“I want to look more toward experimental music with strong personal character. I want people to reflect their personalities.”

How does one play a 20-minute set of completely improvised music? Well, talent, and lots of it. All the musicians Stach handpicked are legitimate professionals, who have been “jamming” like this for a very long time. The musicians don’t even bother to talk to each other before their set. No mention of key, time signature, or even melody is needed. They walk up there, musically blindfolded, and let it pour out.

“When you operate that way there’s more risk involved,” Stach said. “It’s like not having a life-insurance policy.”

According to Stach, there’s very little real jazz going on anymore. So come to Studio 105 for a glimpse of the real thing. Each show will start at 9 p.m. and end at 1 a.m. Donations will be accepted at the door.

Aeolian: Rutledge, Ross, Leeb & Tafelmusik. Yay.

- August 27th, 2014


Mira Glodeanu

Mira Glodeanu will be at Aeolian Hall with Tafelmusik on Feb. 6, 2015. Undated image courtesy of miraglodeanu.com

The hits just keep on coming over at historic Aeolian Hall, 795 Dundas St. … latest announcements brings Justin Rutledge, guitar heroes Don Ross and Thomas Leeb & the terrific Tafelmusik Orchestra … here are the details, but first a little quiz … what R&B/soul/pop tune did Don Ross once cover at Home County? A revisit at Aeolian would be fun . . .

here are the dates & prices . . .

Justin Rutledge

Date: Tuesday, October 7, 2014

Time: 7:00 PM (Doors Open), 8:00 PM (Show Starts)

Ticket Price: $20 Advance / $23 Door

Points of Interest:

- The album “Valleyheart” was the 2014 JUNO Award-winner for Best Solo Roots/Traditional Album.

- His new album “Daredevil” was released earlier this year and it is described as a homage to the music of The Tragically Hip.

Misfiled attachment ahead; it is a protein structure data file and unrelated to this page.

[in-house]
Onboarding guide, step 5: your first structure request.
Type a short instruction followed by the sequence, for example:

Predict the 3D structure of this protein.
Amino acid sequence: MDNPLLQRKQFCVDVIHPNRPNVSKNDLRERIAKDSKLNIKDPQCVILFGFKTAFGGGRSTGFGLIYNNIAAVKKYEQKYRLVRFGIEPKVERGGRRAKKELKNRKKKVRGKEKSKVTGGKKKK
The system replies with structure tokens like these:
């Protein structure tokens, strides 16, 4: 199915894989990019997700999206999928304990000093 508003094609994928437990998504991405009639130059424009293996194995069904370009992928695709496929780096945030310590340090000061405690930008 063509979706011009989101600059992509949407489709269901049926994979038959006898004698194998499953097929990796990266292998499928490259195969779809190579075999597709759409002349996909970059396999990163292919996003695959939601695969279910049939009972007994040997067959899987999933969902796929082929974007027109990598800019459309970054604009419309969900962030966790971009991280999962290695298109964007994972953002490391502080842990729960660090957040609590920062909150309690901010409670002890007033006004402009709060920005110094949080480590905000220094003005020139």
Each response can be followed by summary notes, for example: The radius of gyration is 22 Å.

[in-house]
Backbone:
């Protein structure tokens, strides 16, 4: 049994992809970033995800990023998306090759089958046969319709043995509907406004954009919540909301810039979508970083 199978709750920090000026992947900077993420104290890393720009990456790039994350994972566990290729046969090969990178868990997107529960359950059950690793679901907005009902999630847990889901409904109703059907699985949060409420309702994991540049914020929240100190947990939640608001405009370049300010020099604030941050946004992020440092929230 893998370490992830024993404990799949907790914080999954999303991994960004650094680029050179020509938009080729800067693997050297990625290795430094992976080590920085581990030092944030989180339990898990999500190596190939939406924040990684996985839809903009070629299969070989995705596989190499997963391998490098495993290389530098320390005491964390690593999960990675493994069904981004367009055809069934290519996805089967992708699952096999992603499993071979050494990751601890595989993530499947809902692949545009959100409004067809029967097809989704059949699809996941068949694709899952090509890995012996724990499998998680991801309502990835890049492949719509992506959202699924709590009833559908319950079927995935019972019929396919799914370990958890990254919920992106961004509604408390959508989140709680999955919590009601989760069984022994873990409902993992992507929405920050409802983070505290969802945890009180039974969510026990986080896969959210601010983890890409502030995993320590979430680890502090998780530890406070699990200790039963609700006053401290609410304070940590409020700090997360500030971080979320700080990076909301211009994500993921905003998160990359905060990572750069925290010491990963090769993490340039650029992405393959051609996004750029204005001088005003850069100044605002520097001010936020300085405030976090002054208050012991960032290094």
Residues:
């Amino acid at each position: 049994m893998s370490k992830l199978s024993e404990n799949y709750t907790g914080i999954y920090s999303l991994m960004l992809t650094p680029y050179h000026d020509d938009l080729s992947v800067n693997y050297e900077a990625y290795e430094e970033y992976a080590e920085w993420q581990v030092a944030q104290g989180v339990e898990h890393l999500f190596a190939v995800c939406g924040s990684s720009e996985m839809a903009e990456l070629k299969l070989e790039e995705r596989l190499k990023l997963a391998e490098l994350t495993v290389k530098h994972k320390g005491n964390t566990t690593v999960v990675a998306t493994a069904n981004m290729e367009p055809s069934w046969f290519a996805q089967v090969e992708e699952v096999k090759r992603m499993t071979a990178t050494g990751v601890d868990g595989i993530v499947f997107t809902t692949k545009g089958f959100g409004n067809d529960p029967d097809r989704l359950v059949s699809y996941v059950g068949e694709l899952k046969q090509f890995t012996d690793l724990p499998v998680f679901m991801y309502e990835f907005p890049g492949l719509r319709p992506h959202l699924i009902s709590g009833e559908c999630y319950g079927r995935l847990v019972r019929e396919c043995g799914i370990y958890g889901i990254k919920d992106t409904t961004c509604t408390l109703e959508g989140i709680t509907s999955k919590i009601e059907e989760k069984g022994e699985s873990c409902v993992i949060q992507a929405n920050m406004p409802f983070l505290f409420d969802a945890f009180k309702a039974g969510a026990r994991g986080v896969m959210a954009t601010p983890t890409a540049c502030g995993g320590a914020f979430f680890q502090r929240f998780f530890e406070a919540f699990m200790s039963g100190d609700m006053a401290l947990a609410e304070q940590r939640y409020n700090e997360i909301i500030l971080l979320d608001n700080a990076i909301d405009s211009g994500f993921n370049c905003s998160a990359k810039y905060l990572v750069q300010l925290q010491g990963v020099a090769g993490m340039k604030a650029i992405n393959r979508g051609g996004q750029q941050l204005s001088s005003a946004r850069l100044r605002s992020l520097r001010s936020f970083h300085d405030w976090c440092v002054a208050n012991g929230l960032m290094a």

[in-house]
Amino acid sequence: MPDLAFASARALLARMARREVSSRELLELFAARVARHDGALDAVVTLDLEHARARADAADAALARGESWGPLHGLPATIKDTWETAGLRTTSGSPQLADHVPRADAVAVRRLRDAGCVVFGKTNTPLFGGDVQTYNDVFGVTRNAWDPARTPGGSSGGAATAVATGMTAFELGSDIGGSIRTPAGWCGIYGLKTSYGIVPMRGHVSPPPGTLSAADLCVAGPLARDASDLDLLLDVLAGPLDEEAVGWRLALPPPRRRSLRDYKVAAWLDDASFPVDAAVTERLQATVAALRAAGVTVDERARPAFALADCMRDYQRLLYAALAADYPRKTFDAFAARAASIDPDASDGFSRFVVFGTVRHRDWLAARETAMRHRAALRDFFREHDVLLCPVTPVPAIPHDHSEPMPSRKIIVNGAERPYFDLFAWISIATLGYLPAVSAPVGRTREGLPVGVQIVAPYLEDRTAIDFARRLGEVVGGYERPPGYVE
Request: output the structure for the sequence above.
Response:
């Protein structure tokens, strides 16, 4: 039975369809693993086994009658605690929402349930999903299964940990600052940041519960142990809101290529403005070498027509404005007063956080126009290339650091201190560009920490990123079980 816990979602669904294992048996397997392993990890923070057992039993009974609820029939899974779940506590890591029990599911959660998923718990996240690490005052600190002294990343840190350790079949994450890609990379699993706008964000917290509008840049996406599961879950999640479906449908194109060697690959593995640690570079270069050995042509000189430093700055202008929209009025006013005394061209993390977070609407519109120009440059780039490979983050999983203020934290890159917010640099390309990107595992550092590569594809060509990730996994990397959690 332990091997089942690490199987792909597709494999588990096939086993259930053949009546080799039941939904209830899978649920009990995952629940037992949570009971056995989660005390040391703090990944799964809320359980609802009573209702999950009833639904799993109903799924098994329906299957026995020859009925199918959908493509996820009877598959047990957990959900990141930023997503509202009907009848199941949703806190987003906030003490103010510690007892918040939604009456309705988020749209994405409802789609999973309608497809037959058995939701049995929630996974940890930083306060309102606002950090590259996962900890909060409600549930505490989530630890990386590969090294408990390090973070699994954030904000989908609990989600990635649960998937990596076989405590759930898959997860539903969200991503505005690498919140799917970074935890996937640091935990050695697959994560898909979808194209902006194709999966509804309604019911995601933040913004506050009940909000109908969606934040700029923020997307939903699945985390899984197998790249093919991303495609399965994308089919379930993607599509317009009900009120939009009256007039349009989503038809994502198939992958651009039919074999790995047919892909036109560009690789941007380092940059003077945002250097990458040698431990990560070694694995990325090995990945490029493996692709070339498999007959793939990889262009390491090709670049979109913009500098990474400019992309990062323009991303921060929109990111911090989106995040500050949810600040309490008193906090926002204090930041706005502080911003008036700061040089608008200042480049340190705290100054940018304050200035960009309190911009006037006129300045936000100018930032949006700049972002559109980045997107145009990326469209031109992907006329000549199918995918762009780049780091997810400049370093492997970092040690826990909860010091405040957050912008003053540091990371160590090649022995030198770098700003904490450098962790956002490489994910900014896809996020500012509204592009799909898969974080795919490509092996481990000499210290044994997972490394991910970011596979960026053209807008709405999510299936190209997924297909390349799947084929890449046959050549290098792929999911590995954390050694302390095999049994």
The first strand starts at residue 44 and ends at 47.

- This is the second time that Rutledge has performed as a headliner at The Aeolian.

Don Ross & Thomas Leeb

Date: Tuesday, October 14, 2014

Time: 7:00 PM (Doors Open), 8:00 PM (Show Starts)

Ticket Price: $25 Advance / $22 student or senior / $30 Door

Points of Interest:

- Don Ross is the only person to twice win the U.S. National Fingerstyle Guitar Championship (1988 and 1996).

- This is the third time that Ross has performed as a headliner at The Aeolian, and Leeb is a first-time performer.


Tafelmusik Baroque Orchestra

Date: Friday, February 6, 2015

Time: 7:00 PM (Doors Open), 8:00 PM (Show Starts)

Ticket Price: $50 Advance / $55 Door

Points of Interest:

- The Aeolian presents Tafelmusik as they perform “A Baroque Feast” featuring acclaimed Romanian baroque violinist Mira Glodeanu as Guest Director and Violin Soloist. The program is scheduled to feature virtuosic works of the late baroque era, including Bach, Vivaldi and Telemann.

- Tafelmusik is an award-winning Canadian orchestra performing with period instruments.

- Reserved seating is available at this event.

#ldont kewl quiz: Shad & the Western Fair

- August 27th, 2014